Nine people, including four children, have been reported killed and dozens wounded by a bomb attack close to a police station in southeastern Turkey.
Officials said the blast in the town of Gaziantep near the Syrian border on August 20 was caused by a remote-controlled car bomb.
Turkey’s minister of family and social policies, Fatma Sahin, said the bomb went off 25 meters away from a police station, wounding around 70 people, with four in critical condition.
Sahin said the blast also damaged a bus and a shuttle for the local courthouse as well as two cars passing by.
Police officers were reported to be among the casualties.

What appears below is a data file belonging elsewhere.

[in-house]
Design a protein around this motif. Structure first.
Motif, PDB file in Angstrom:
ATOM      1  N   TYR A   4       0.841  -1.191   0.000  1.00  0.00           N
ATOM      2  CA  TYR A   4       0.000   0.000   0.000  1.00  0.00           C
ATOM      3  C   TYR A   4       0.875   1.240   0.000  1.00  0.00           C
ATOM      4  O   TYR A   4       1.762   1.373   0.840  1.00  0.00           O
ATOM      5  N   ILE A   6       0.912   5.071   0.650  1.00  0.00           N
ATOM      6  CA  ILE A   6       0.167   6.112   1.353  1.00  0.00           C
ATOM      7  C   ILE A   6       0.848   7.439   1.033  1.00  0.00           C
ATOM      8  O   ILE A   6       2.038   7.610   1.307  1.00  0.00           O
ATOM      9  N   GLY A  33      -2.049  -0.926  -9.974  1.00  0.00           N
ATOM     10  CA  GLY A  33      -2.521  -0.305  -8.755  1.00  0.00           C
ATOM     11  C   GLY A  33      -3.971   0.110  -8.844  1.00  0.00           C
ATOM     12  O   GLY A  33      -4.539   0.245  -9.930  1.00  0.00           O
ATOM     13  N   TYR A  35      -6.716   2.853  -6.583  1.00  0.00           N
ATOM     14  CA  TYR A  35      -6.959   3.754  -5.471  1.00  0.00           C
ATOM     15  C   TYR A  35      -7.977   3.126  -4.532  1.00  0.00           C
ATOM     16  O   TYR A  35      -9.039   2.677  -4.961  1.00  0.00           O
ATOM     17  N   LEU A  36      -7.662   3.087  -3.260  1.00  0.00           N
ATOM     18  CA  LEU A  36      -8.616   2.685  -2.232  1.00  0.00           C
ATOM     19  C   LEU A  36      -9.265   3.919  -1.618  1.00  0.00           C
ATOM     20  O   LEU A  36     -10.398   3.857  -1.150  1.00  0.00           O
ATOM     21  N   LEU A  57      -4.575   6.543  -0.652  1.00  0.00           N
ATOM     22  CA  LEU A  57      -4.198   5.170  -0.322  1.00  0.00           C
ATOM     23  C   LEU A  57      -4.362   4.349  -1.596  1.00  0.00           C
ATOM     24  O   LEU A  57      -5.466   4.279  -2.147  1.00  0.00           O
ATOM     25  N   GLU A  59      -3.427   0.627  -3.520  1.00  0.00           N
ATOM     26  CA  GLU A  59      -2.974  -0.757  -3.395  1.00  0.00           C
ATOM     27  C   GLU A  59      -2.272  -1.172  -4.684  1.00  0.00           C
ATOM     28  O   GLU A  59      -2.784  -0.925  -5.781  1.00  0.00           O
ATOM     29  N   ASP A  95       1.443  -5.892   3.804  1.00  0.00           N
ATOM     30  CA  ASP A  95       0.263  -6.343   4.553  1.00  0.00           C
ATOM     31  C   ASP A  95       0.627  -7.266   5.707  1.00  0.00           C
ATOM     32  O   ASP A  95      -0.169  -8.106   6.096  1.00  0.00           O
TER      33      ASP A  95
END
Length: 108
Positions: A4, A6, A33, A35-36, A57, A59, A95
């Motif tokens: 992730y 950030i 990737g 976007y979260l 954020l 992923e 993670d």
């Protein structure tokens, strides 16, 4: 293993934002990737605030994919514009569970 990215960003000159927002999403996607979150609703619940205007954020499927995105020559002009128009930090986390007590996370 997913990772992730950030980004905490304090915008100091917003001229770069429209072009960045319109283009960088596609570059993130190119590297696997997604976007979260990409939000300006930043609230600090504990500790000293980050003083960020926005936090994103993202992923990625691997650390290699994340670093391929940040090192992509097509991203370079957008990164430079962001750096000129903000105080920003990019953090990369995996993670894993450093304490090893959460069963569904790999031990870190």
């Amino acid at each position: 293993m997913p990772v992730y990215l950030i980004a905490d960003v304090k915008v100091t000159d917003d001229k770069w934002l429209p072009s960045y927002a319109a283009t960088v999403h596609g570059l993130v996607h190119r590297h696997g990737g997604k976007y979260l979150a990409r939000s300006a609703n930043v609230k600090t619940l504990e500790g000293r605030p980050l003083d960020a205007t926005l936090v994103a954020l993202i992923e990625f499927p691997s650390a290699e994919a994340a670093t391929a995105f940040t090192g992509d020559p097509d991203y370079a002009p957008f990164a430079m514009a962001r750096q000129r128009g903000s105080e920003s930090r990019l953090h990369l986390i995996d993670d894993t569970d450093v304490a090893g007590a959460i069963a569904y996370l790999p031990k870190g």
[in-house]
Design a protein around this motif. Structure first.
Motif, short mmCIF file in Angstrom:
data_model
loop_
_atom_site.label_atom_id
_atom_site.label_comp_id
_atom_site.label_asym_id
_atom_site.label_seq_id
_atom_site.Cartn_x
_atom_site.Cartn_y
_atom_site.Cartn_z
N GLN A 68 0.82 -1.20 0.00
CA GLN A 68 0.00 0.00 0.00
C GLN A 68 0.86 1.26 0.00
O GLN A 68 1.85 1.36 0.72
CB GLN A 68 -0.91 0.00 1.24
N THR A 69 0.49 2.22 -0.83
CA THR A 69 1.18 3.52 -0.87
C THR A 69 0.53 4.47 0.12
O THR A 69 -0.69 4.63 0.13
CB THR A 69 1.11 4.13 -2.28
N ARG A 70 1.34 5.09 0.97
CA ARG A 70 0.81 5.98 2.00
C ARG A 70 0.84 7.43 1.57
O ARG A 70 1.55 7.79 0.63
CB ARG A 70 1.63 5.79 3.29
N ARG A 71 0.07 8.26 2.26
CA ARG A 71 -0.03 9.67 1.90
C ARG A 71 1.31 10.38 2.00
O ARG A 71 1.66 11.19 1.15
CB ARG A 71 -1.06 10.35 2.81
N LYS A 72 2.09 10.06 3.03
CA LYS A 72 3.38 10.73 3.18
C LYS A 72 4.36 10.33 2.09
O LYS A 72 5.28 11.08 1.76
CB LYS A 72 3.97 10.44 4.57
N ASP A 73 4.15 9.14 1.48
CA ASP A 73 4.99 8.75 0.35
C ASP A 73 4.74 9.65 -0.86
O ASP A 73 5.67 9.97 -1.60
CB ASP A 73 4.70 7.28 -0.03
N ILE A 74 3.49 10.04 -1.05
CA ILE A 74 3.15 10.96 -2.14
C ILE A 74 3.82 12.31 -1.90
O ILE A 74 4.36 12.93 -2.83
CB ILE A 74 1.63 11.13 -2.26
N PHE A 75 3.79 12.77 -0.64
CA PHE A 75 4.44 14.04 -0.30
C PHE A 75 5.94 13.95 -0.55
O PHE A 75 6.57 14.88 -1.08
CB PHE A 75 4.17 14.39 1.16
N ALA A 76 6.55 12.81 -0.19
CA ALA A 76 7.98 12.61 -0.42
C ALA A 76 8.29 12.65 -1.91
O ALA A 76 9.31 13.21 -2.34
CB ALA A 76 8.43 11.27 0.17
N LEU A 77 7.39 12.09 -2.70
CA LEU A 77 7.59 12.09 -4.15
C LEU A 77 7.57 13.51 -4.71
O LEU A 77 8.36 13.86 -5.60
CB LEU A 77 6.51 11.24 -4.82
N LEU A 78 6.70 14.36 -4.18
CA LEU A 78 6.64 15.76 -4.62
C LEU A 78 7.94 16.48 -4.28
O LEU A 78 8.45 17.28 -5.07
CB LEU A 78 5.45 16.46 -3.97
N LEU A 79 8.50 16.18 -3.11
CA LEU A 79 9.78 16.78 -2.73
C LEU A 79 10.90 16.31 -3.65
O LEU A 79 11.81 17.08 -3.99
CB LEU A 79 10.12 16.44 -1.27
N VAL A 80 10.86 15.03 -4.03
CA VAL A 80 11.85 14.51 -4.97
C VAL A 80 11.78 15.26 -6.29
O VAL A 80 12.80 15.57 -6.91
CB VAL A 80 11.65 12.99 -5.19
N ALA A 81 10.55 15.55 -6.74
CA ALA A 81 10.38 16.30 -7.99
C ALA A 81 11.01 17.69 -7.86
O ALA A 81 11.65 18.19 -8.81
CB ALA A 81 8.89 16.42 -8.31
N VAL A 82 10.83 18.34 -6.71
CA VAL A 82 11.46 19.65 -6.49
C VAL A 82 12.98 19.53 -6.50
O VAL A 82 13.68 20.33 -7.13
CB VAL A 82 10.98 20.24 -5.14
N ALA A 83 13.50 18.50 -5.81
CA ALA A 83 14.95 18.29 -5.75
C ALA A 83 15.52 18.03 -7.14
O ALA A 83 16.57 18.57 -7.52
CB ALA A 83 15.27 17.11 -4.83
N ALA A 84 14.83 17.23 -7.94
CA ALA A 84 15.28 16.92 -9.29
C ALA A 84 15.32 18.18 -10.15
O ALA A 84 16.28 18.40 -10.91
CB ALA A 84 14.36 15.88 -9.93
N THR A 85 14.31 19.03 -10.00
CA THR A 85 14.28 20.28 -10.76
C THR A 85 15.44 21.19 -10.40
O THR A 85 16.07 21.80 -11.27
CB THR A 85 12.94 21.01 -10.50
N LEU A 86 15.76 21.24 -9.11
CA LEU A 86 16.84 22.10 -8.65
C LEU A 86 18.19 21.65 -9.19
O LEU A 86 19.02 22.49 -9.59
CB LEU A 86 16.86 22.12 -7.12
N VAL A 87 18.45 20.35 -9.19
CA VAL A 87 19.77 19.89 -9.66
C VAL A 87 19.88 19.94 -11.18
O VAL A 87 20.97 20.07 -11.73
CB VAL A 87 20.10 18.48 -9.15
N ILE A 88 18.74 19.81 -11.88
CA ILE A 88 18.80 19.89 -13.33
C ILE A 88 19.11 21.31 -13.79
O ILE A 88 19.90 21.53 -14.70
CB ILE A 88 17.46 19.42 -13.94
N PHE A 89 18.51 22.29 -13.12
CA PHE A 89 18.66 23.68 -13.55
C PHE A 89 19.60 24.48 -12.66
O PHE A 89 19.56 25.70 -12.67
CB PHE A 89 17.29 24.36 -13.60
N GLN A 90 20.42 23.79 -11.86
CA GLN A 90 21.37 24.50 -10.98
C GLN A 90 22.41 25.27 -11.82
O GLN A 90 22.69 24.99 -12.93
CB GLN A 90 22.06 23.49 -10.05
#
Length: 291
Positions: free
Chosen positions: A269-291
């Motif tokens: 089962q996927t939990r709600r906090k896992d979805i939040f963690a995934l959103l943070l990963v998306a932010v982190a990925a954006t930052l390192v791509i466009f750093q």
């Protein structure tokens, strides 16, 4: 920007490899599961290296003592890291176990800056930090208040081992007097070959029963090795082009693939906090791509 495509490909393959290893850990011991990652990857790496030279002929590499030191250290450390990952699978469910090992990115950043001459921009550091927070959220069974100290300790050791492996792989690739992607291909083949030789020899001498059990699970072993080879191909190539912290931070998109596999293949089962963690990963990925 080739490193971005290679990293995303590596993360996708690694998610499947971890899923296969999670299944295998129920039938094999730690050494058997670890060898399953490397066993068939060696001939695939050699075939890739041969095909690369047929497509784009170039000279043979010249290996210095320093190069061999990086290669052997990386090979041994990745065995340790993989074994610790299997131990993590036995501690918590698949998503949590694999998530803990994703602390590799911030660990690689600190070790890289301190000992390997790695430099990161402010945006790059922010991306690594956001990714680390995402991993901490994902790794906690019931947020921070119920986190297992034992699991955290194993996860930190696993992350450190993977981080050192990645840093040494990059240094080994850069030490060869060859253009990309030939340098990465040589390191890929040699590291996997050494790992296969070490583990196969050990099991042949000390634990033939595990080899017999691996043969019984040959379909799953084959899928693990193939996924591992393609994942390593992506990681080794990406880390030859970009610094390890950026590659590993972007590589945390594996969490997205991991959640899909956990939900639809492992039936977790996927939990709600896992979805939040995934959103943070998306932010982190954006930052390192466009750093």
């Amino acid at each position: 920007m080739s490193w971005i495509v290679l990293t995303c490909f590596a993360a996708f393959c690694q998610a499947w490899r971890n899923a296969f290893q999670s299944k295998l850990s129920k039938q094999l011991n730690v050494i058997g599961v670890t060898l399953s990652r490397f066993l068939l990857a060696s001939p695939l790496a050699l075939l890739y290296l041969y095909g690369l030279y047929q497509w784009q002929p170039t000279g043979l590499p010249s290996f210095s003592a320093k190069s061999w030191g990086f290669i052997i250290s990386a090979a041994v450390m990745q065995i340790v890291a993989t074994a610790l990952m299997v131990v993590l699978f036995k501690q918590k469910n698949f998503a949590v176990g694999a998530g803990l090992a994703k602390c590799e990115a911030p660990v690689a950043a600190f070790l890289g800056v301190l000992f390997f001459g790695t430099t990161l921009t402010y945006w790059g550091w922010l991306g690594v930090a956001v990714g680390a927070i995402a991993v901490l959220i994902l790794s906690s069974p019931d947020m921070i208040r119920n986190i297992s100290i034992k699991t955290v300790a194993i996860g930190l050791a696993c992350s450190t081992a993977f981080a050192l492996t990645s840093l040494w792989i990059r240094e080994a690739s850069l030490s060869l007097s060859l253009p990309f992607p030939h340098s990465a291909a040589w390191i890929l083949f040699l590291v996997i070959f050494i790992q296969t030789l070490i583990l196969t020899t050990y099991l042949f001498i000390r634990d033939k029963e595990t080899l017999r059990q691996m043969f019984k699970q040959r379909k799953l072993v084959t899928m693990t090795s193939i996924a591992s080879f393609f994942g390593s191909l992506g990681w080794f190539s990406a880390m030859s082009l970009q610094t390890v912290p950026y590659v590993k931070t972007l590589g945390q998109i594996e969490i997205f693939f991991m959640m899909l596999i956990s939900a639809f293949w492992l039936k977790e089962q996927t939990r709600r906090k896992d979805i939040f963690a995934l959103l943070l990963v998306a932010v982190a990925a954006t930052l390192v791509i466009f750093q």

Turkey has opened a center in Gaziantep to receive international aid for Syrian refugees fleeing the uprising against President Bashar al-Assad.
Turkish authorities have accused rebels of the Kurdistan Workers' Party (PKK) of being behind the explosion. A website linked to the PKK denied that the group had any connection to the attack.
Omer Celik, deputy chairman of the ruling AK Party, blamed the PKK and wrote on his Twitter account that the group was “trying to provoke our citizens by targeting the civilian population directly.”
The attack comes amid intensified fighting between the Kurdish rebels and Turkish troops in the country’s southeast, where the PKK launched a battle for autonomy nearly 30 years ago.
Earlier on August 20, authorities said two Turkish soldiers were killed by a landmine in the province of Hakkari bordering Iraq and Iran.
Turkish officials blamed the attack on the PKK.
Based on reporting by Reuters, AP, and AFP